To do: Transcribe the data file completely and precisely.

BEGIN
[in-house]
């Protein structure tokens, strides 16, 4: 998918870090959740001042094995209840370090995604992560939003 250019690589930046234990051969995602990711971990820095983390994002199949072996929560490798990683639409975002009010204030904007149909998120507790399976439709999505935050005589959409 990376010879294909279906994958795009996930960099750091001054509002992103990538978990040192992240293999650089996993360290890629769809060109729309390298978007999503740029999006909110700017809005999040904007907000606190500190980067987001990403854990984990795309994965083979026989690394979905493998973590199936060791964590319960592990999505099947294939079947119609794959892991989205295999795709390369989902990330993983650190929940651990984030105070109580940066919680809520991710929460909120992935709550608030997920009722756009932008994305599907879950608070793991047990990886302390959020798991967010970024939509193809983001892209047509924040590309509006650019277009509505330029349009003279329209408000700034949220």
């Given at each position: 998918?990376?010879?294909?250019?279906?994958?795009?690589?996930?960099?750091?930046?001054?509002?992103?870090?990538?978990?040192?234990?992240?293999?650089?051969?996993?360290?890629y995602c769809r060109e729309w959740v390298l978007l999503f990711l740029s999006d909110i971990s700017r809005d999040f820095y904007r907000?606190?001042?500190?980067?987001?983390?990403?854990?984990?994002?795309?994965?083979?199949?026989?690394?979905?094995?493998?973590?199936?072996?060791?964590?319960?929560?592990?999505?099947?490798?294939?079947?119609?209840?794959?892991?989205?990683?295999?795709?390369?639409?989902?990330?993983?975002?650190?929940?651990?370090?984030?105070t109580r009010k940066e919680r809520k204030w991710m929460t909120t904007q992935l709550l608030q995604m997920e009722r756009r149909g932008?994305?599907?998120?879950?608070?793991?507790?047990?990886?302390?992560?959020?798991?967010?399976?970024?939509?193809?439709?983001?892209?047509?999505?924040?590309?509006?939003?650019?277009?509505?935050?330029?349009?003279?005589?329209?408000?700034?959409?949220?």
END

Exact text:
[in-house]
């Protein structure tokens, strides 16, 4: 998918870090959740001042094995209840370090995604992560939003 250019690589930046234990051969995602990711971990820095983390994002199949072996929560490798990683639409975002009010204030904007149909998120507790399976439709999505935050005589959409 990376010879294909279906994958795009996930960099750091001054509002992103990538978990040192992240293999650089996993360290890629769809060109729309390298978007999503740029999006909110700017809005999040904007907000606190500190980067987001990403854990984990795309994965083979026989690394979905493998973590199936060791964590319960592990999505099947294939079947119609794959892991989205295999795709390369989902990330993983650190929940651990984030105070109580940066919680809520991710929460909120992935709550608030997920009722756009932008994305599907879950608070793991047990990886302390959020798991967010970024939509193809983001892209047509924040590309509006650019277009509505330029349009003279329209408000700034949220």
């Given at each position: 998918?990376?010879?294909?250019?279906?994958?795009?690589?996930?960099?750091?930046?001054?509002?992103?870090?990538?978990?040192?234990?992240?293999?650089?051969?996993?360290?890629y995602c769809r060109e729309w959740v390298l978007l999503f990711l740029s999006d909110i971990s700017r809005d999040f820095y904007r907000?606190?001042?500190?980067?987001?983390?990403?854990?984990?994002?795309?994965?083979?199949?026989?690394?979905?094995?493998?973590?199936?072996?060791?964590?319960?929560?592990?999505?099947?490798?294939?079947?119609?209840?794959?892991?989205?990683?295999?795709?390369?639409?989902?990330?993983?975002?650190?929940?651990?370090?984030?105070t109580r009010k940066e919680r809520k204030w991710m929460t909120t904007q992935l709550l608030q995604m997920e009722r756009r149909g932008?994305?599907?998120?879950?608070?793991?507790?047990?990886?302390?992560?959020?798991?967010?399976?970024?939509?193809?439709?983001?892209?047509?999505?924040?590309?509006?939003?650019?277009?509505?935050?330029?349009?003279?005589?329209?408000?700034?959409?949220?």